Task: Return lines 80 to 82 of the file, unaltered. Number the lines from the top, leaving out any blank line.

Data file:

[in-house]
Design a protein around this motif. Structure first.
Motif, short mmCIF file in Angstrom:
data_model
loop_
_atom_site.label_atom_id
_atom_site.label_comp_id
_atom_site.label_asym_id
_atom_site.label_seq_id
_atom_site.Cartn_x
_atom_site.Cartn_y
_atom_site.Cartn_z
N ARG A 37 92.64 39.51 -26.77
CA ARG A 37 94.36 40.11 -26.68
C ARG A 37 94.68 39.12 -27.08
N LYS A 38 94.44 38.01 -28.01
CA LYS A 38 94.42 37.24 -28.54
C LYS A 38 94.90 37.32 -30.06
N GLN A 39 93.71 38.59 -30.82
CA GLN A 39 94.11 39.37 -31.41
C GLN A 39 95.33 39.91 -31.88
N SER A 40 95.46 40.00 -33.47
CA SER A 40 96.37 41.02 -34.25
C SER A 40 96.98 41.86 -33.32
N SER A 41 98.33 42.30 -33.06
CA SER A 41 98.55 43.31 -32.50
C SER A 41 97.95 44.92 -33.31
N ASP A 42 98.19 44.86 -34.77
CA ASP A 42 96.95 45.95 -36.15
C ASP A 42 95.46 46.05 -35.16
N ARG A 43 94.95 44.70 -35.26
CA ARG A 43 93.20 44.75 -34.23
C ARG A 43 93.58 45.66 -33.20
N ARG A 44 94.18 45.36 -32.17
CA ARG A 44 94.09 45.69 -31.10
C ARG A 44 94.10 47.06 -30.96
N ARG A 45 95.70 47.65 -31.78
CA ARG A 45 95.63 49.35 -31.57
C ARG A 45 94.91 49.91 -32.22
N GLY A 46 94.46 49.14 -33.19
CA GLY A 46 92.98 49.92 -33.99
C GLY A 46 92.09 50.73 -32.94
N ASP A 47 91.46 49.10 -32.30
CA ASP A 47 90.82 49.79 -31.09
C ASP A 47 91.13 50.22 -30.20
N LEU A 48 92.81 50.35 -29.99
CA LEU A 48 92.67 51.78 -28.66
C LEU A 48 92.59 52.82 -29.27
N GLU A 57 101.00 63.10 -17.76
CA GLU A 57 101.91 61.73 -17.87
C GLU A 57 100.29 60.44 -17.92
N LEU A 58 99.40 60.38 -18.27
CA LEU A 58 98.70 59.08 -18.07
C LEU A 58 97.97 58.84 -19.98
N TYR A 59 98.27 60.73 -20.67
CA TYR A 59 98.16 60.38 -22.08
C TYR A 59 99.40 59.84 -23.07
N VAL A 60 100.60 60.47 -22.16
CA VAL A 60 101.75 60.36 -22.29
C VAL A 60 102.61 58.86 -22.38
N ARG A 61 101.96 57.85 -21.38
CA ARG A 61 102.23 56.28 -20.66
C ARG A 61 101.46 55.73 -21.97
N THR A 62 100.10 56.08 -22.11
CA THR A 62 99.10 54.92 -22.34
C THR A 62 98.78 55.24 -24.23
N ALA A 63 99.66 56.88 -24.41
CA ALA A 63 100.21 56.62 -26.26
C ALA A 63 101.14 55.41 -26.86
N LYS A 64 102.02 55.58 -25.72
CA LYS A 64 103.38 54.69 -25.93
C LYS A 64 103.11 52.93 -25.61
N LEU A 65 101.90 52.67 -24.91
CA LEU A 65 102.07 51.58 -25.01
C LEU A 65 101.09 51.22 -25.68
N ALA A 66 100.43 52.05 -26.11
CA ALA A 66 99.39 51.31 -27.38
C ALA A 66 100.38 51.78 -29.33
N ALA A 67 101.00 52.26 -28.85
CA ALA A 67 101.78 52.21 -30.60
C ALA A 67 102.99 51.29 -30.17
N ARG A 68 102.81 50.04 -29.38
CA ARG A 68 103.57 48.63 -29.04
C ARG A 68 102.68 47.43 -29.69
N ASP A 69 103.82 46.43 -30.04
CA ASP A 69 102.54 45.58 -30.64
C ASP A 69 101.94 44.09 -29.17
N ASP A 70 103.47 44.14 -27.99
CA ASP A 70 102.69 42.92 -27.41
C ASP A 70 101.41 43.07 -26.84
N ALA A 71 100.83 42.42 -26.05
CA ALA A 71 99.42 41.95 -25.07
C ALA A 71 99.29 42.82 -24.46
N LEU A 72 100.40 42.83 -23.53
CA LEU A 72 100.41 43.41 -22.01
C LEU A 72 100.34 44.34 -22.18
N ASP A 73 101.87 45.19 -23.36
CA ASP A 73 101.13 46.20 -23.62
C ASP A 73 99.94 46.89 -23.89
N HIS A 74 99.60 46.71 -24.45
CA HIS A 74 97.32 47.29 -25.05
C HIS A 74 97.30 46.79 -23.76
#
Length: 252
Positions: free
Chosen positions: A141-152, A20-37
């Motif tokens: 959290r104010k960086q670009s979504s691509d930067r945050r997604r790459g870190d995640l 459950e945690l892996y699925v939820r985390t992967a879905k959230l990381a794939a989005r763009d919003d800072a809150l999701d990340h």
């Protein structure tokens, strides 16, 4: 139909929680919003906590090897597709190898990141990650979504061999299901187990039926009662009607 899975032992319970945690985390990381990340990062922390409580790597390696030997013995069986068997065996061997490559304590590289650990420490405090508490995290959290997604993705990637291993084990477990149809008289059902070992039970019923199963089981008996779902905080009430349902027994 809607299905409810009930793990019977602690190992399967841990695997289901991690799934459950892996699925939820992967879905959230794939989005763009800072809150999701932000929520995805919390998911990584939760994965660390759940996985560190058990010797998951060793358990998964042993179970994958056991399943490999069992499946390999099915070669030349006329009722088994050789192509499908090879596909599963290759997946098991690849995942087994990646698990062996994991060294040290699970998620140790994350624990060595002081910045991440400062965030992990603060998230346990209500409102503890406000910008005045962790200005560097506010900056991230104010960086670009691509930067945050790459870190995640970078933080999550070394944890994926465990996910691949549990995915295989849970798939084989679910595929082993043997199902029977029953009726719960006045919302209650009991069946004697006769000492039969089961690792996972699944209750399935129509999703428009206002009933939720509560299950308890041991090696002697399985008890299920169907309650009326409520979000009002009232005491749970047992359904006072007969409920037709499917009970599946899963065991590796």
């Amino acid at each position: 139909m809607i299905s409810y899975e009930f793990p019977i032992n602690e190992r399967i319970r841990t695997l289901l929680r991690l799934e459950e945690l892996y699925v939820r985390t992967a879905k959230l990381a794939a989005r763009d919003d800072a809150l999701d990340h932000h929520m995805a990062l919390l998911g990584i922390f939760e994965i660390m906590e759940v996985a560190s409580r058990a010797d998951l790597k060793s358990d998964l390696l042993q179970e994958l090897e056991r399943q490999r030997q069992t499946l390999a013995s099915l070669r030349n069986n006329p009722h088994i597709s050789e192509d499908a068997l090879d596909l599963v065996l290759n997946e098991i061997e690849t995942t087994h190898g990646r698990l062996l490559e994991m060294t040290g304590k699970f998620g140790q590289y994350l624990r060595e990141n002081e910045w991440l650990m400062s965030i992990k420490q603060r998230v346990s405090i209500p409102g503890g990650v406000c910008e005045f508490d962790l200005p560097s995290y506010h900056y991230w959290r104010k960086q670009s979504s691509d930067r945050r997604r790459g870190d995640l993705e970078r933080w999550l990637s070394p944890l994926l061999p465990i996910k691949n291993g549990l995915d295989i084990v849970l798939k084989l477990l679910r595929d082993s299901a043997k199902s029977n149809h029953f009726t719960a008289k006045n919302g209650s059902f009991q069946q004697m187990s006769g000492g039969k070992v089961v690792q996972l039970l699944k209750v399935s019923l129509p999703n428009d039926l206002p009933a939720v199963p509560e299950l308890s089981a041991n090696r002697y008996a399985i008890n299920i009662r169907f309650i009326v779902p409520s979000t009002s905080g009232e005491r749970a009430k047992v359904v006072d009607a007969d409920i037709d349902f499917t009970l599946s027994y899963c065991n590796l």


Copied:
CA ALA A 67 101.78 52.21 -30.60
C ALA A 67 102.99 51.29 -30.17
N ARG A 68 102.81 50.04 -29.38